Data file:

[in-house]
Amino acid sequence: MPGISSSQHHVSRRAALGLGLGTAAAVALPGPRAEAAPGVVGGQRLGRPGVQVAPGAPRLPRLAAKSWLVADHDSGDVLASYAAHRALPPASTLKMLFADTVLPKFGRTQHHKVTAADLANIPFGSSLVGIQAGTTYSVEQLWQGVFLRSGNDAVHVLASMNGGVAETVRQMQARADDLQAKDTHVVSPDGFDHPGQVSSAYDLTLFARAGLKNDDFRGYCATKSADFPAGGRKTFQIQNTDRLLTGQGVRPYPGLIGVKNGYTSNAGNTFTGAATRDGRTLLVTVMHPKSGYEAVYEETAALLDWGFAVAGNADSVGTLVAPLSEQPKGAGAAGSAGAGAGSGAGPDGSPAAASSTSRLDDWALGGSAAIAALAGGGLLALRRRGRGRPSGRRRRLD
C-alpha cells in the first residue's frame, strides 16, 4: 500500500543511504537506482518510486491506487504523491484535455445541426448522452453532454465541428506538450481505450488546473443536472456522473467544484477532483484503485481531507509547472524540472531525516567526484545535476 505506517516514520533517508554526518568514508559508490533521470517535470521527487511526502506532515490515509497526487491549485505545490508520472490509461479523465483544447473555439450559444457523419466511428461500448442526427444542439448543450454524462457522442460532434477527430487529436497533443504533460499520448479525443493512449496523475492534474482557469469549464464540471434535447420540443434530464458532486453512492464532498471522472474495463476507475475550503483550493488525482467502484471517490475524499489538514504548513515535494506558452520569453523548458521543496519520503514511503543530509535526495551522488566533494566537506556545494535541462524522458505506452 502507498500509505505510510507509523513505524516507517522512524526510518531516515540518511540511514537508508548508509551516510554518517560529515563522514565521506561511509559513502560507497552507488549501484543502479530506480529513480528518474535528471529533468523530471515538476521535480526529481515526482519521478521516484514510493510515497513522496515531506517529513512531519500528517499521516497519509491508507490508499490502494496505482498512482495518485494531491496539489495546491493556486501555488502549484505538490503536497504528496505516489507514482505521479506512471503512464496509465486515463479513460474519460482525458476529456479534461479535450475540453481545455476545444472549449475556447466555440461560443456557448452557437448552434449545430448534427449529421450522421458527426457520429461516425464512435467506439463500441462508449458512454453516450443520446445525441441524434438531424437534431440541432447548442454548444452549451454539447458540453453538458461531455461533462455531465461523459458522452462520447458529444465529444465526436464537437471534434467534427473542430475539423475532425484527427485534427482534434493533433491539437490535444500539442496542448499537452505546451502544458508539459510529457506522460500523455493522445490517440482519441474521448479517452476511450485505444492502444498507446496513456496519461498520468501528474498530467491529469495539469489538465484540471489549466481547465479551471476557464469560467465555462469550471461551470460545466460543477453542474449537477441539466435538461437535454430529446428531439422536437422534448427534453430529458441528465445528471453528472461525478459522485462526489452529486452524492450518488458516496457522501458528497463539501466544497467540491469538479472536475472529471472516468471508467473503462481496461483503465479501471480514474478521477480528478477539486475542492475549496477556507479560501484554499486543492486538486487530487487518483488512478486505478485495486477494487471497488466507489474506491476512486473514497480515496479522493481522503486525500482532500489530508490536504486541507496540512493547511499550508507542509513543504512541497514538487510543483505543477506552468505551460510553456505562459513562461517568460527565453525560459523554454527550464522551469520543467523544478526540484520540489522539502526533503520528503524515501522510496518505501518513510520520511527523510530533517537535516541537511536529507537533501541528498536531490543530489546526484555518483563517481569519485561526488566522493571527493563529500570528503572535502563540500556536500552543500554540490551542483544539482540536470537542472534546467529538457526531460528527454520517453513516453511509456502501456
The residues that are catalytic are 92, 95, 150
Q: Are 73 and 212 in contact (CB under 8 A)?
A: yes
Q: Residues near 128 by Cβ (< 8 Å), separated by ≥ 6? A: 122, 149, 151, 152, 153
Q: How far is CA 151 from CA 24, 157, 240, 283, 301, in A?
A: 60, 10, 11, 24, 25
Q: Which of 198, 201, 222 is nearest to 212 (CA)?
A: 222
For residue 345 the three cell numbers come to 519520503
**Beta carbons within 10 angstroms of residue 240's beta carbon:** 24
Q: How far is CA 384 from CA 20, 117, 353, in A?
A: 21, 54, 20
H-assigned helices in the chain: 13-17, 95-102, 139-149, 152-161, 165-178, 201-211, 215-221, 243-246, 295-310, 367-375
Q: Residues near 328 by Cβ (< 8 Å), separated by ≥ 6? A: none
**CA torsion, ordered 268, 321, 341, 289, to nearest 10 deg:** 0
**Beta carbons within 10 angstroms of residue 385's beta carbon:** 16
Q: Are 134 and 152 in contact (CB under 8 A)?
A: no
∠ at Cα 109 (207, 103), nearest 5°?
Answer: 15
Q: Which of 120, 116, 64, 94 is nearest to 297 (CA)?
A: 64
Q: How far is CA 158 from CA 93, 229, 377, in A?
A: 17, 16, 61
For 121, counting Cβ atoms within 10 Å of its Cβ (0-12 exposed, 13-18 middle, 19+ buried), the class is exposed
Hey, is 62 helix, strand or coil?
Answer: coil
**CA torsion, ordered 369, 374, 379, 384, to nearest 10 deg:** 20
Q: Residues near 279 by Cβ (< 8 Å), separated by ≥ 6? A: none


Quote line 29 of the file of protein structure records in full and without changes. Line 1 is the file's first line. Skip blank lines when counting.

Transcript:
Hey, is 62 helix, strand or coil?